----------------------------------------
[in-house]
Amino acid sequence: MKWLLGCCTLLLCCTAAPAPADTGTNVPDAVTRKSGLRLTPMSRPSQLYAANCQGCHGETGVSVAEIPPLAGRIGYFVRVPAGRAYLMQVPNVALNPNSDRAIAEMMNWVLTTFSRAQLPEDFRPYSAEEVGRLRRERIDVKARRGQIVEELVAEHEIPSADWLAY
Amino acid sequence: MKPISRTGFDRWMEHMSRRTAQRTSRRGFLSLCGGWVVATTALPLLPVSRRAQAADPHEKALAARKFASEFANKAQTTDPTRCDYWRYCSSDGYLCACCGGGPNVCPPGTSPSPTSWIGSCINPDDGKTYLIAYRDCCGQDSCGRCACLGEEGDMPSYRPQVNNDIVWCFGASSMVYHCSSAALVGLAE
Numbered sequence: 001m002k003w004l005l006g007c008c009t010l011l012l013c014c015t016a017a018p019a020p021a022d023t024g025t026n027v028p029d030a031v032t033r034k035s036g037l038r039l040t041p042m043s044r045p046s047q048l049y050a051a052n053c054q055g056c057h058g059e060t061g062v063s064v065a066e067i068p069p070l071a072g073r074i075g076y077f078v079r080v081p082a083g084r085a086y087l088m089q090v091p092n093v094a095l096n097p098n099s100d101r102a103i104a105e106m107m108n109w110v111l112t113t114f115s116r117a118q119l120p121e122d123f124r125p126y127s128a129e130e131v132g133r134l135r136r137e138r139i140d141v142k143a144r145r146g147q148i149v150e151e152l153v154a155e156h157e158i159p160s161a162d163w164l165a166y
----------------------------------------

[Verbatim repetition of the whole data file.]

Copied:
[in-house]
Amino acid sequence: MKWLLGCCTLLLCCTAAPAPADTGTNVPDAVTRKSGLRLTPMSRPSQLYAANCQGCHGETGVSVAEIPPLAGRIGYFVRVPAGRAYLMQVPNVALNPNSDRAIAEMMNWVLTTFSRAQLPEDFRPYSAEEVGRLRRERIDVKARRGQIVEELVAEHEIPSADWLAY
Amino acid sequence: MKPISRTGFDRWMEHMSRRTAQRTSRRGFLSLCGGWVVATTALPLLPVSRRAQAADPHEKALAARKFASEFANKAQTTDPTRCDYWRYCSSDGYLCACCGGGPNVCPPGTSPSPTSWIGSCINPDDGKTYLIAYRDCCGQDSCGRCACLGEEGDMPSYRPQVNNDIVWCFGASSMVYHCSSAALVGLAE
Numbered sequence: 001m002k003w004l005l006g007c008c009t010l011l012l013c014c015t016a017a018p019a020p021a022d023t024g025t026n027v028p029d030a031v032t033r034k035s036g037l038r039l040t041p042m043s044r045p046s047q048l049y050a051a052n053c054q055g056c057h058g059e060t061g062v063s064v065a066e067i068p069p070l071a072g073r074i075g076y077f078v079r080v081p082a083g084r085a086y087l088m089q090v091p092n093v094a095l096n097p098n099s100d101r102a103i104a105e106m107m108n109w110v111l112t113t114f115s116r117a118q119l120p121e122d123f124r125p126y127s128a129e130e131v132g133r134l135r136r137e138r139i140d141v142k143a144r145r146g147q148i149v150e151e152l153v154a155e156h157e158i159p160s161a162d163w164l165a166y